In South Carolina, we live for this quadrennial moment in time, the Republican presidential primary. Not since April 12, 1861, have so many eyes been on our little state. And this political event evokes many of the same passions as did the firing on Fort Sumter a century and a half ago.
I am not going to put South Carolina on the couch in this column. I have been doing that for years, and I think my sanity has been more damaged by the effort than this state's has been repaired.
But there is one sick soul I would like to analyze at this moment: Newt Gingrich. I have been following the former Speaker of the House with a mixture of amusement and horror for more than two decades. It was Gingrich, and his infamous GOPAC training films and memos, who did more to create the polarization and acrimony that dominate today's political climate than any other individual.
He led the GOP revolution that took over the U.S. House in 1994 by railing against the "corruption" of the Democratic Party. Yet, by the time he was forced out of the speakership four years later, he had been fined $300,000 by the House Ethics Committee for his own transgressions.
Newt Gingrich has an ego that is truly frightening. He has called himself a "transformative historical figure" and has said, "People like me are what stands between us and Auschwitz."
Being out of office for more than a decade, he now casts himself in the image of Lincoln and Churchill, two politicians who were defeated and left to "wander in the wilderness," until destiny called them back at the moment of crisis.
Driven by such delusions, he now finds himself effectively out of the running for the GOP nomination following major losses in the Iowa caucuses and the New Hampshire primary. After peaking in the polls last month, his surge collapsed under a savage barrage of TV ads from the Mitt Romney campaign and its allied Super PACs. Now as Gingrich begins to see the bleak end of his checkered career, we get a look inside the dark mind of the man who would be our leader.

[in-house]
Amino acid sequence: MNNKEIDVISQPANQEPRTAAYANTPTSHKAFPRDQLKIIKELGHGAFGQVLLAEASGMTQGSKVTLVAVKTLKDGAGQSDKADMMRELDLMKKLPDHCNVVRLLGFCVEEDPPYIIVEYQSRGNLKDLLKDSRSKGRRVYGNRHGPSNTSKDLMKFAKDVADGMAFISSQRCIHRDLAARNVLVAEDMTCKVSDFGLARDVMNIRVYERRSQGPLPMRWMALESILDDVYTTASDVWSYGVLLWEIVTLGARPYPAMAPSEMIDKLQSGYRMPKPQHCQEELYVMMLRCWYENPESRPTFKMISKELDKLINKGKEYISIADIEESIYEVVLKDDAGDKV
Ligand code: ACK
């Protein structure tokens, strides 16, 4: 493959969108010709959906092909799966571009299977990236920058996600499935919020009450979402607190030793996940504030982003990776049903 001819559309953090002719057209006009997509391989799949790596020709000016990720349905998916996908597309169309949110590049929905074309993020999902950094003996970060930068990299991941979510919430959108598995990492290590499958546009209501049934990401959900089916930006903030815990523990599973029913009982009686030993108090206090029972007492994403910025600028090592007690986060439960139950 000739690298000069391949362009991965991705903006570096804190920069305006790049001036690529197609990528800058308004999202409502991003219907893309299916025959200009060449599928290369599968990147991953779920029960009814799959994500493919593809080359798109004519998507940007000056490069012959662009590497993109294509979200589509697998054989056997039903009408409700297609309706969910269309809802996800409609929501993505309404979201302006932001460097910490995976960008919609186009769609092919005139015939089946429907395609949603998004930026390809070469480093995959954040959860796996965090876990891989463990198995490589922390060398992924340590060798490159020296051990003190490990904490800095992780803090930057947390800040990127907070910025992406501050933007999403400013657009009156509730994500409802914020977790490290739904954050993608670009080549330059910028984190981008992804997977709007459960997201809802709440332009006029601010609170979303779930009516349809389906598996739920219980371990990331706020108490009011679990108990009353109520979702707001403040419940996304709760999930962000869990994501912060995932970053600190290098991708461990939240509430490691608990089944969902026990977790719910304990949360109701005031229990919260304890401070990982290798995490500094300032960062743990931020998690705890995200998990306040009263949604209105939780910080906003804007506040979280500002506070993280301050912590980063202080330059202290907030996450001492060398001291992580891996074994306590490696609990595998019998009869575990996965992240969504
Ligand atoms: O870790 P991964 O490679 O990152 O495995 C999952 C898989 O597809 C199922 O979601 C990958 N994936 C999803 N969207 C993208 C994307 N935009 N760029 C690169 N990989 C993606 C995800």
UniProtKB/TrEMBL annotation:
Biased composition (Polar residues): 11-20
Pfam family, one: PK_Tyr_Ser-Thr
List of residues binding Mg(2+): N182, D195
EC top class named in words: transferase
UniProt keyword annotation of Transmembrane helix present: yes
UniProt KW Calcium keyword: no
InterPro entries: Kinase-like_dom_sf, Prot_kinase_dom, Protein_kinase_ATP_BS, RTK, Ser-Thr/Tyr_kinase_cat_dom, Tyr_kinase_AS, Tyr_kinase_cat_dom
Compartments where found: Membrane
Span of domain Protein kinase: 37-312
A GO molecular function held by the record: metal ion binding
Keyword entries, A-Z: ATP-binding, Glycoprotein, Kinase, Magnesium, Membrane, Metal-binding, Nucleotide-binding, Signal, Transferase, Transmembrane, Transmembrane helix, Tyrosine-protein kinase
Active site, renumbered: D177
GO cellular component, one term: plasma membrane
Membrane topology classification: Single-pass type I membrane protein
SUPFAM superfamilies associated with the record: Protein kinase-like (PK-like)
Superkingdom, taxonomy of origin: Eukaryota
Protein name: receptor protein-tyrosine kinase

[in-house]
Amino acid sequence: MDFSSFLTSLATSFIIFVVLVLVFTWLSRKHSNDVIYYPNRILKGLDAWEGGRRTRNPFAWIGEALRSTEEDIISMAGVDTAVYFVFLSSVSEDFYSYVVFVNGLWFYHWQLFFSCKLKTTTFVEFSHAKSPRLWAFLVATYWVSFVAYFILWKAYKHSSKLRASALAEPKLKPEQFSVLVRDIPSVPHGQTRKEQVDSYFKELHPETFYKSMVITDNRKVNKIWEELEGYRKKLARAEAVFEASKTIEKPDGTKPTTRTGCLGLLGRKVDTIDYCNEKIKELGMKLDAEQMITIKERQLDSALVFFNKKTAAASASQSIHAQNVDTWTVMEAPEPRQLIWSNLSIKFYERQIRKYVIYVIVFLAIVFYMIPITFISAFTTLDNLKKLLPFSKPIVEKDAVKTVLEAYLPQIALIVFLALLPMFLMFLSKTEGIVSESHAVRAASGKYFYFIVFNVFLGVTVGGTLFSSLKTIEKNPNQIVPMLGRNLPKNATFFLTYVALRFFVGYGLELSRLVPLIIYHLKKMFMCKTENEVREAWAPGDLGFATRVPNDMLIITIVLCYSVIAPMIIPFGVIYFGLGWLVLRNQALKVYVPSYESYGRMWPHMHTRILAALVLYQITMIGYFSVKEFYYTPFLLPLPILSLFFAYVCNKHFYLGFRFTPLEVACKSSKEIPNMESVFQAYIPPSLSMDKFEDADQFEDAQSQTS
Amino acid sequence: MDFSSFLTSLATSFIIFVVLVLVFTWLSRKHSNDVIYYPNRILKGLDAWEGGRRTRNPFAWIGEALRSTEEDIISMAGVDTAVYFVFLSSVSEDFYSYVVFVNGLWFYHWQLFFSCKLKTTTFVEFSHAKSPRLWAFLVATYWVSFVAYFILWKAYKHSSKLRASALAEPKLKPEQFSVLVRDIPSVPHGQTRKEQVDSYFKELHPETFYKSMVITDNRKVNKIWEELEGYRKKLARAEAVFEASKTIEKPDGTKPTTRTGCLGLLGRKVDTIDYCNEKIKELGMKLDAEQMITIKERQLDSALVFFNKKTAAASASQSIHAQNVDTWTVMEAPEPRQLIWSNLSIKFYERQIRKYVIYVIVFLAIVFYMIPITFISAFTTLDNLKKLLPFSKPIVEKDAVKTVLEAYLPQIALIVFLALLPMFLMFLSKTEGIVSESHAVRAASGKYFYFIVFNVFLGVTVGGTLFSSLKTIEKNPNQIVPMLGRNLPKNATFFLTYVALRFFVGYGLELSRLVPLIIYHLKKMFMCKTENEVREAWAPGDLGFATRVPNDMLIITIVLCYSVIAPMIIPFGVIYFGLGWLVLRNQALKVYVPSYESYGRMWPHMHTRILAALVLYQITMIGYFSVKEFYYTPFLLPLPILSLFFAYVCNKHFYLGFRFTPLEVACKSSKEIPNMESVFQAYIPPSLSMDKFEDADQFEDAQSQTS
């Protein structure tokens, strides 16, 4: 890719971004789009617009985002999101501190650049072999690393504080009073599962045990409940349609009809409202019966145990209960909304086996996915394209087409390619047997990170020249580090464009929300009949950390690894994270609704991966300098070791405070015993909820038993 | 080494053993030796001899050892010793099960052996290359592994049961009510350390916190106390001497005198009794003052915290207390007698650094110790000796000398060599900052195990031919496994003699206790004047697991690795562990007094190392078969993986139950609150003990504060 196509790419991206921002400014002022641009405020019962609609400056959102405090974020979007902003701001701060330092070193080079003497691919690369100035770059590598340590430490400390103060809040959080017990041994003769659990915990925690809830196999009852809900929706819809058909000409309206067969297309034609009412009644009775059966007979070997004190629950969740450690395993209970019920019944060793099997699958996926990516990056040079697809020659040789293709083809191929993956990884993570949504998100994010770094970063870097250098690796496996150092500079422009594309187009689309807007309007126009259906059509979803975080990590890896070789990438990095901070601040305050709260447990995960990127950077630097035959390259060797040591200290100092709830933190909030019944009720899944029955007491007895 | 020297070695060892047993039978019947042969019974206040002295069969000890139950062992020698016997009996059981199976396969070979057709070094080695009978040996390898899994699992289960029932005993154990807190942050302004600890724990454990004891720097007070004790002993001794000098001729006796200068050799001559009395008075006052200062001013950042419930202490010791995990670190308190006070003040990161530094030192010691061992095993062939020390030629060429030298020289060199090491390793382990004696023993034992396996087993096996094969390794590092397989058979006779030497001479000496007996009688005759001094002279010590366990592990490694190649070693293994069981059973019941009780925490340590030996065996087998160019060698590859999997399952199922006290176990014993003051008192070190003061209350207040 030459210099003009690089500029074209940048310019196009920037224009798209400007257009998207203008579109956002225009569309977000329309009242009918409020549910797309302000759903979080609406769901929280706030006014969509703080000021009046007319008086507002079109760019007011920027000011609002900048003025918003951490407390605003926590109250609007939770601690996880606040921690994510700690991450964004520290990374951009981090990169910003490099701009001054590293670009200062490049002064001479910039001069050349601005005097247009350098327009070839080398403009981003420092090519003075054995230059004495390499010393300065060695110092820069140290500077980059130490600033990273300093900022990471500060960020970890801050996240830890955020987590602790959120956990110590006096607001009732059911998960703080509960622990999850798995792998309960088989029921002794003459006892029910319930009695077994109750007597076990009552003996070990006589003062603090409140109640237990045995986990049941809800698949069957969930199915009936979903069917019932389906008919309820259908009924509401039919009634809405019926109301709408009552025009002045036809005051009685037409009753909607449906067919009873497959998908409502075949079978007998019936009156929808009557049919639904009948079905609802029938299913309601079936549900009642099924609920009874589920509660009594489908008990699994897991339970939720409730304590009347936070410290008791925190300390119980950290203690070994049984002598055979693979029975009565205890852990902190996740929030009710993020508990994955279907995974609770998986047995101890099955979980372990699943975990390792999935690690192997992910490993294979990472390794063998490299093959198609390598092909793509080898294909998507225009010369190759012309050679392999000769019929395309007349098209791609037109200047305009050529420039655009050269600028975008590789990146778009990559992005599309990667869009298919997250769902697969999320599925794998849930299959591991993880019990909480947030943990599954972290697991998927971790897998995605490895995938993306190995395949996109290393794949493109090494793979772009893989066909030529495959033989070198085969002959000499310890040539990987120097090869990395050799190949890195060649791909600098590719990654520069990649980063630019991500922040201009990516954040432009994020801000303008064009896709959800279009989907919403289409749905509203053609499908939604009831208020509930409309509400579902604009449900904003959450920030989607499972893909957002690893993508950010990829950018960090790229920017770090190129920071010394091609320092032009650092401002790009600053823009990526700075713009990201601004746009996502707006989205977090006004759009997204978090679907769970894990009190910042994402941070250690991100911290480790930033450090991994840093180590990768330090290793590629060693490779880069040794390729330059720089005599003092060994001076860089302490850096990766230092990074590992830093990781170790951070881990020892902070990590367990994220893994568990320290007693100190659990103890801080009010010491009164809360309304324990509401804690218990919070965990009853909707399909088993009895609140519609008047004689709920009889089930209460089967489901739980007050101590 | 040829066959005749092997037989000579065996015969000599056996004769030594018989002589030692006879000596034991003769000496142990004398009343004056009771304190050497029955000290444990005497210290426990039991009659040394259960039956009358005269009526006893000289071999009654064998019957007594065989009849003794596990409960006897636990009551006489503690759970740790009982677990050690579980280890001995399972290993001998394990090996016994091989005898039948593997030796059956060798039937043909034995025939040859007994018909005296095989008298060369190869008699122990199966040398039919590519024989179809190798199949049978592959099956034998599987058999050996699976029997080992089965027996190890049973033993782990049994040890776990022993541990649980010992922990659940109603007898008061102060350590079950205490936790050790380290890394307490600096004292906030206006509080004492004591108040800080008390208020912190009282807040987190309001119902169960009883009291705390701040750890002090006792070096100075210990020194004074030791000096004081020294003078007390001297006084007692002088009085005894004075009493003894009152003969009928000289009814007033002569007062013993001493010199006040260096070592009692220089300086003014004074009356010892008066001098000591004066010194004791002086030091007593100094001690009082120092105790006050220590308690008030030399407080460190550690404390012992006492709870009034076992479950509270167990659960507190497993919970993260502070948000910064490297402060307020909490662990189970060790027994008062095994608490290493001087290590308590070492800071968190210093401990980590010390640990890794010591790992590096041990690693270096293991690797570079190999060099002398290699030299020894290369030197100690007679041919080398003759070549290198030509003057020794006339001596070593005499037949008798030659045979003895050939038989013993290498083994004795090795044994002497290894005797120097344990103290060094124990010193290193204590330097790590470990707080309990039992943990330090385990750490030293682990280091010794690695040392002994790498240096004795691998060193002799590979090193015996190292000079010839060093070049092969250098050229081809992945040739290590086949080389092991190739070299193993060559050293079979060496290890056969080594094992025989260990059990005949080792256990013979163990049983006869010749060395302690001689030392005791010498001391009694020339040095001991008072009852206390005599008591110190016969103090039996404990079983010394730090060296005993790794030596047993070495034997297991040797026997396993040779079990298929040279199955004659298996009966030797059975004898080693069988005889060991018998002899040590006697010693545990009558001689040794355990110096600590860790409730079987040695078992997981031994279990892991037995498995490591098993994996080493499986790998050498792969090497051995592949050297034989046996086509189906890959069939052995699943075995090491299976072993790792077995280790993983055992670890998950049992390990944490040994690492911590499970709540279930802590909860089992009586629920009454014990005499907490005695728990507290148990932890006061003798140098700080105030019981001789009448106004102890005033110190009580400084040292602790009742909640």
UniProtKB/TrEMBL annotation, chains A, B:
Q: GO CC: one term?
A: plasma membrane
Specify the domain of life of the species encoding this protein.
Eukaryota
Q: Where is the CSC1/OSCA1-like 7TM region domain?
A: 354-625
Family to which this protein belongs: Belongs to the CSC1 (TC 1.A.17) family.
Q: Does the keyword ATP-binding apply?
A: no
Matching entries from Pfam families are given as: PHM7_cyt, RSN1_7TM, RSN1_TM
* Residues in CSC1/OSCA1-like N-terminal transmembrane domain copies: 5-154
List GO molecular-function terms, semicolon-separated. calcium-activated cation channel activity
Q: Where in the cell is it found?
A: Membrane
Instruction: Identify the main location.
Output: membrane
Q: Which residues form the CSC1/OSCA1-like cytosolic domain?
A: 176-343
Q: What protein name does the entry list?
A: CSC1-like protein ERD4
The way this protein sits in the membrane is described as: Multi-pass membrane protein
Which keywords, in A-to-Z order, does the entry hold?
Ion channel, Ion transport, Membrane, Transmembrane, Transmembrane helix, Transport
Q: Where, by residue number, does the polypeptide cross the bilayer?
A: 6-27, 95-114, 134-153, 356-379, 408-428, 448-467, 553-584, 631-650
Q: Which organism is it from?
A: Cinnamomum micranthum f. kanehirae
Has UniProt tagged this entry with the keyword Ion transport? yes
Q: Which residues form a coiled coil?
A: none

Gingrich knows that he will never be president. He has that much of a grasp on reality, but he has determined that he will not let Romney be president as well. In what some have called a kamikaze campaign, he has launched his own TV blitzkrieg against the former Massachusetts governor here in the Palmetto State. Curiously, he has chosen to attack Romney for what many are calling "vulture capitalism."
As founder and head of Bain Capital, Romney oversaw the buying, restructuring, and sometimes liquidation of numerous companies. Whether the companies were saved or not, Romney and his Bain directors and shareholders always had a big payday. Over the years, Romney and his friends destroyed thousands of jobs and Romney personally pocketed an estimated $400 million. It was a grubby business and Romney undoubtably expected it would be an issue during the campaign. What he did not expect was that a fellow Republican would be the one bringing it up.
As I write this, 10 days before the S.C. primary, Gingrich is promising to unleash a 30-minute "documentary" exposing Romney and Bain Capital. Republican leaders are warning him to back off, lest he become a pariah in his own party. At this writing there is no evidence he intends to heed the warning. He blames Romney for robbing him of his destiny; now he will return the curse. Like the demented Ahab, Gingrich seems intent on pursuing his quarry, even unto his own destruction, even unto the destruction of the Republican Party scow.
In other endorsement news, Jim DeMint, the state's junior senator, is playing coy with perhaps the most coveted endorsement in the GOP. Perhaps DeMint's blessing could save the party from its self-destructive spiral, but only if he gives it to Romney. It's inconceivable that the godfather of the Tea Party could ever support the "Massachusetts moderate."
And so we may be witnessing a tragedy of Shakespearean proportions. For a man of Newt Gingrich's grandiose ambitions and delusions to finally come to the end of his career, to witness his own downfall and debasement on the national stage, is perhaps more than his own jaded psyche can endure. We may be in for a great meltdown, a man personally and publicly humbled before the gods.
It's fitting that Newt should bring the penultimate act of his long, theatrical career to this little state, which still suffers from its own delusions of grandeur and which has never recovered from its own epic downfall. Newt Gingrich and South Carolina were made for each other.